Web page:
1)  ‘Overcalls’ (Mike Lawrence).   This book’s been a classic since the day it first came out, 25 years or so ago.  Anyone who hasn’t read it, and aspires to being a decent bridge player, should go out and get a copy immediately.  Having said that, we recognized that competitive bidding is probably the area of the game that has seen the most changes in the last quarter century, and it was with that in mind that we asked Mike to update the book.  That he did, and thoroughly too (I don’t think he knows any other way to work).  So now, even if you did read the original, you should still get yourself a copy of the new edition, because everything, yes pretty much everything, has changed.  New ideas, new conventions, new uses for competitive doubles – the lot.

2) ‘A new classic’ is a description that also fits our second candidate, the new edition of Clyde E. Love’s tome on Squeezes.  We all remember reading this (or, to be more honest, trying to read it) in our bridge youth.  It was brilliant, but oh, what a struggle.  Love was a math professor, and it came through in his writing.  And, unfortunately, things that were obvious to him weren’t necessarily so to his readers.  Likewise, without the benefit of modern aids such as ‘Deep Finesse’, it’s not a surprise to find that the original book contained errors, especially in the later, more complex, discussions.  In the new edition, Linda Lee, with the able assistance of Julian Pottage, has revised Love heavily.   It’s more approachable, more explicit, and much less is left as an exercise to the reader.  The errors (we hope!) have been eliminated, and dozens of new squeeze types added (although both author/editors admit that despite its title, the book is still far from ‘Complete’).  This book took three months out of Linda’s life, but she really enjoyed working on it, as a supreme challenge to her skill at technical bridge analysis.

3) Larry Cohen’s ‘My Favorite 52’ was another Linda project, but only in the editorial sense.  Originally published by Larry as interactive software, this book takes the reader through 60+ of Larry’s favorite deals.  Never has the ‘over-the-shoulder’ style been exploited so well – you will really feel that you’ve had a peek into the thought processes of an expert, and begin to understand why the same guys end up the winner’s circle with such regularity.  The bridge deals themselves are fascinating, often spectacular, so the book is a whole lot of fun to read as well as being incredibly educational for players at any level.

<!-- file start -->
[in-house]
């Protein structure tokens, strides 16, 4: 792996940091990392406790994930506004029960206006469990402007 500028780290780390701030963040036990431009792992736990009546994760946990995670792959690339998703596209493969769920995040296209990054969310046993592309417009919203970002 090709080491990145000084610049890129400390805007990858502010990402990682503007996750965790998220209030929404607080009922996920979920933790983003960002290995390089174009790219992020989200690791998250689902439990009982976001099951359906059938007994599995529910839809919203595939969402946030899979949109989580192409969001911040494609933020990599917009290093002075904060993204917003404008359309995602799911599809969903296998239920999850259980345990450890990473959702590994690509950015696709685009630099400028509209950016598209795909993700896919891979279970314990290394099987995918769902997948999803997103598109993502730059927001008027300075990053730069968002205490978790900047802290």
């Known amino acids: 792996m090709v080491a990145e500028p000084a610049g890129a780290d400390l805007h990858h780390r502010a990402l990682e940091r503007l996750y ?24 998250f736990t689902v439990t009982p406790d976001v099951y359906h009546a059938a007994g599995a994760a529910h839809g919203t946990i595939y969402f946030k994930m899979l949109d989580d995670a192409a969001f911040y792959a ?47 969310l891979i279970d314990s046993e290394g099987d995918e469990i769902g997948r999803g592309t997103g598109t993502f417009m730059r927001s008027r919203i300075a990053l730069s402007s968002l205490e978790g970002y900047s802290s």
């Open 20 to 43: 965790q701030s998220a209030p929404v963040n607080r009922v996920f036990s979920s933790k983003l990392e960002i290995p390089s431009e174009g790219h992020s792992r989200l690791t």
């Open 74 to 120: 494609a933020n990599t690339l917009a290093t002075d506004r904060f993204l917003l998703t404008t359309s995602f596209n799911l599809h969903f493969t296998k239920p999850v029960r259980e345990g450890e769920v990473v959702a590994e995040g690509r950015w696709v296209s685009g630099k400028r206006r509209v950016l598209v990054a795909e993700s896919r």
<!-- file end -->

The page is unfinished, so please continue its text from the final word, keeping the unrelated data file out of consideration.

4) Jeff Rubens’ ‘Expert Bridge Simplified’ gets my vote as the most misleading title of the bunch.  Don’t get me wrong – it’s a brilliant book.  It applies rigorous mathematics to bridge situations, and tries to come up with helpful ideas that anyone can use at the table.  But I’m afraid not many people are going to get past Chapter 1.  This is the book I (rightly or wrongly) persuaded Bob MacKinnon not to write, when he was working on the manuscript that eventually became ‘Bridge, Probability and Information’.  I wanted to publish a book that had a sound math basis, but kept it as far in the background as we could, so that we kept the bridge players interested until at least half way through the book.  Jeff isn’t concerned with that – the very first question at the end of the Introduction is, ‘Is the following an equiprobable set…?’  There’s great content here for those who are prepared to persevere, but I fear they will be many fewer than the value of the content deserves.

5) Krysztof Martens has won World Championship medals playing for his native Poland, including an Olympiad Gold in 1984, as well as several European titles.  His credentials are not in doubt, therefore.  His recent series of books, designed to complement his Bridge University online, have been receiving acclaim from expert-level players.  ‘Owl, Fox and Spider’ is, I think, a representative nominee for the entire oeuvre.  I couldn’t navigate through Martens’ site well enough to get my free chapter downloaded, so all I know about this book is that Martens often likes to use animal analogies in his writing, to get his point across.  In this case, a good declarer must be wise, sly and cunning by turns, to be successful.

6)  ‘The Romance of Bridge’ is mostly an anthology of material collected by Raman Jayaram, who writes passionately about bridge, and Ghassan Ghanem.  They formed an Indo-Jordanian collaboration to explore the connection between bridge and romance. They have combined exotic locales with interesting deals and escapades of master players from around the world.  Their obvious love of the game is infectious, but much of material will be familiar to readers from its fairly wide publication elsewhere (for example, there is an extensive rehash of the infamous ‘Losers Win’ Canada-Germany incident from the 1990 Rosenblum – as recently as 2008, Bobby Wolff wrote extensively about this in his autobiography, ‘The Lone Wolff’).

So there they are – the final six.  Which will win?  Who knows.  The three we published are all close to my heart, and any of them would be (IMHO) a worthy winner.  But they have stiff competition.  As I said at the beginning, I don’t envy the jury this year – it’s a tough decision.

Links for more information about the finalists:


Love on Squeezes

My Favorite 52

Owl, Fox and Spider

Expert Bridge Simplified

The Romance of Bridge

Steve and Me